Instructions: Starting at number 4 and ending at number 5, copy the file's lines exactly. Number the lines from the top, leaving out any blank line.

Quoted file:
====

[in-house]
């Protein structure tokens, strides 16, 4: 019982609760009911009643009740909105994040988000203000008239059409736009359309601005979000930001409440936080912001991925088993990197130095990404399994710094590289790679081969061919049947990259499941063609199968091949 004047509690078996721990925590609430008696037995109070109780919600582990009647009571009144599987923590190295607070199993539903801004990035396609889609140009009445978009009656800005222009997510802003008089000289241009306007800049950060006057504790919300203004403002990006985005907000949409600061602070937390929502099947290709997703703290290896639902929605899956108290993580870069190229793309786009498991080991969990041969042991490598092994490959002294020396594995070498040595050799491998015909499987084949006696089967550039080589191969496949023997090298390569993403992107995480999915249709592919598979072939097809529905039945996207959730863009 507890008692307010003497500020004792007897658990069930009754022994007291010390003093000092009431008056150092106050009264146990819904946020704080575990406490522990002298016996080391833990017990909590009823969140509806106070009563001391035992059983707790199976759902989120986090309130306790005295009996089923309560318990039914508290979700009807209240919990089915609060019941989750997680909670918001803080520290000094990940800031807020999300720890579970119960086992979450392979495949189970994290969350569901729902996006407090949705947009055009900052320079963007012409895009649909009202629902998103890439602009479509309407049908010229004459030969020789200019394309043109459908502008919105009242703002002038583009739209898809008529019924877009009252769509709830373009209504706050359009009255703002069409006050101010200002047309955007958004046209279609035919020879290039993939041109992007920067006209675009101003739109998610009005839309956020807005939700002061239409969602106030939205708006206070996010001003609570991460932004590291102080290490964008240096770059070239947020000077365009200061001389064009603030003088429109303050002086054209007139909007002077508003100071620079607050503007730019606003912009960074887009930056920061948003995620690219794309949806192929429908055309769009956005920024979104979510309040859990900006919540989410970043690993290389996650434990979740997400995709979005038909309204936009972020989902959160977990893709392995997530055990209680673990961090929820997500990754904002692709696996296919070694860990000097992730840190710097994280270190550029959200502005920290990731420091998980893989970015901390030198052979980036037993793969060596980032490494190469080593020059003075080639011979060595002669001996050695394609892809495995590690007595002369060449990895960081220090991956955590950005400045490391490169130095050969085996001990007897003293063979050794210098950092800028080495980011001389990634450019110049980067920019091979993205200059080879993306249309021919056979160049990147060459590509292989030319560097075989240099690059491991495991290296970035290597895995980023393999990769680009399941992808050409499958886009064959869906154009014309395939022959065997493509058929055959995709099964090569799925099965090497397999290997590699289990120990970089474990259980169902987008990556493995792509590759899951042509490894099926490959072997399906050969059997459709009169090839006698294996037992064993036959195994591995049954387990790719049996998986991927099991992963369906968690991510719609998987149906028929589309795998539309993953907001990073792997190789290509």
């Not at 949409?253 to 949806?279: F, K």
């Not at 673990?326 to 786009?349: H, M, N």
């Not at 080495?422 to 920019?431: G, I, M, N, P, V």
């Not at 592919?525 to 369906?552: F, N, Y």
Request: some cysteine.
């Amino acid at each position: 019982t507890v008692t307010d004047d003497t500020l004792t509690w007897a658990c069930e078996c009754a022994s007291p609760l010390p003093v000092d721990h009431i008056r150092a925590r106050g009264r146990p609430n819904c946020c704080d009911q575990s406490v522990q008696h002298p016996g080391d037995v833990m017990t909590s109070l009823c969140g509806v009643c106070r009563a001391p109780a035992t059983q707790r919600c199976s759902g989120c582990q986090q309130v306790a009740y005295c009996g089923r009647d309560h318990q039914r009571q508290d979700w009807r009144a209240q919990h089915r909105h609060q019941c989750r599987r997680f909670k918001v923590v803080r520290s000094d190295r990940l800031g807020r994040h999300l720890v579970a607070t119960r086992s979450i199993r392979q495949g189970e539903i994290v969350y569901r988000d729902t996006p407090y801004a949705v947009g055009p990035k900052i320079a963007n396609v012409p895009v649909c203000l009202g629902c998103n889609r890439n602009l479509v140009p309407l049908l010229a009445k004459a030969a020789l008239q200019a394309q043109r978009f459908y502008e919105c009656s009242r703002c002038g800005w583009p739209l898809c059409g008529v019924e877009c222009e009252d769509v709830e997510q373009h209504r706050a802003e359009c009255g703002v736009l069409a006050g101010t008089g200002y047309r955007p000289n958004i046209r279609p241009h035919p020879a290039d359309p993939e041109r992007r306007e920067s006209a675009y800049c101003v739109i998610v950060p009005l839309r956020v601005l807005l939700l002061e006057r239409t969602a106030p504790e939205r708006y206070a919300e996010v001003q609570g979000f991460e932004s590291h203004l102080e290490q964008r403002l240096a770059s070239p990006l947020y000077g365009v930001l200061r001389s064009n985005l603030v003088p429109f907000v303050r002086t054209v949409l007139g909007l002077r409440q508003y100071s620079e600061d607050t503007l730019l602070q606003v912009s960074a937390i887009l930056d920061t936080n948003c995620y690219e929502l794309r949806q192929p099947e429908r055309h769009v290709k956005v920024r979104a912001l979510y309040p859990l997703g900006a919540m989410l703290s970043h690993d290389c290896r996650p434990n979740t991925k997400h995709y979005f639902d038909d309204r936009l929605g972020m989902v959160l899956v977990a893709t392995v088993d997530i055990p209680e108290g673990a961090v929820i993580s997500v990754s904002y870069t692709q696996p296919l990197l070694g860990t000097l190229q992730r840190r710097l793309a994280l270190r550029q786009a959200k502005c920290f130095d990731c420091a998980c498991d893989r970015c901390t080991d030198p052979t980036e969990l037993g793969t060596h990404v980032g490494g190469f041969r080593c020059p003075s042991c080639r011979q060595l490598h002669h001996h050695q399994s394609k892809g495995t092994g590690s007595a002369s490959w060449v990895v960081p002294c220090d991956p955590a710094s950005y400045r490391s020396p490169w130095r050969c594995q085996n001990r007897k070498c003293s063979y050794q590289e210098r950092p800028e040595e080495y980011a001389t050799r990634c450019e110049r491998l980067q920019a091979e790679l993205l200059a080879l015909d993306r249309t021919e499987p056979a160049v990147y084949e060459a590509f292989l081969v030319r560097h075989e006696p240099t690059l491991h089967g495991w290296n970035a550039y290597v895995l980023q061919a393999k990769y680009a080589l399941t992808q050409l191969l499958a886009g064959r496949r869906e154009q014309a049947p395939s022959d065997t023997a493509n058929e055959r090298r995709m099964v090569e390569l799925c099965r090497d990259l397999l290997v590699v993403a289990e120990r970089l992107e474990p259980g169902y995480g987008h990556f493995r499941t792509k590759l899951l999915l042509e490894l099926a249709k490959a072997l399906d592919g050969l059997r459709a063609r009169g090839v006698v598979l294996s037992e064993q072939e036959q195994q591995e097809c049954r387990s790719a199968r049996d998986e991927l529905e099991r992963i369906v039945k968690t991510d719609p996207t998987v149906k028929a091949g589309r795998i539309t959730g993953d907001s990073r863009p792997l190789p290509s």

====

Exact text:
């Not at 673990?326 to 786009?349: H, M, N």
């Not at 080495?422 to 920019?431: G, I, M, N, P, V």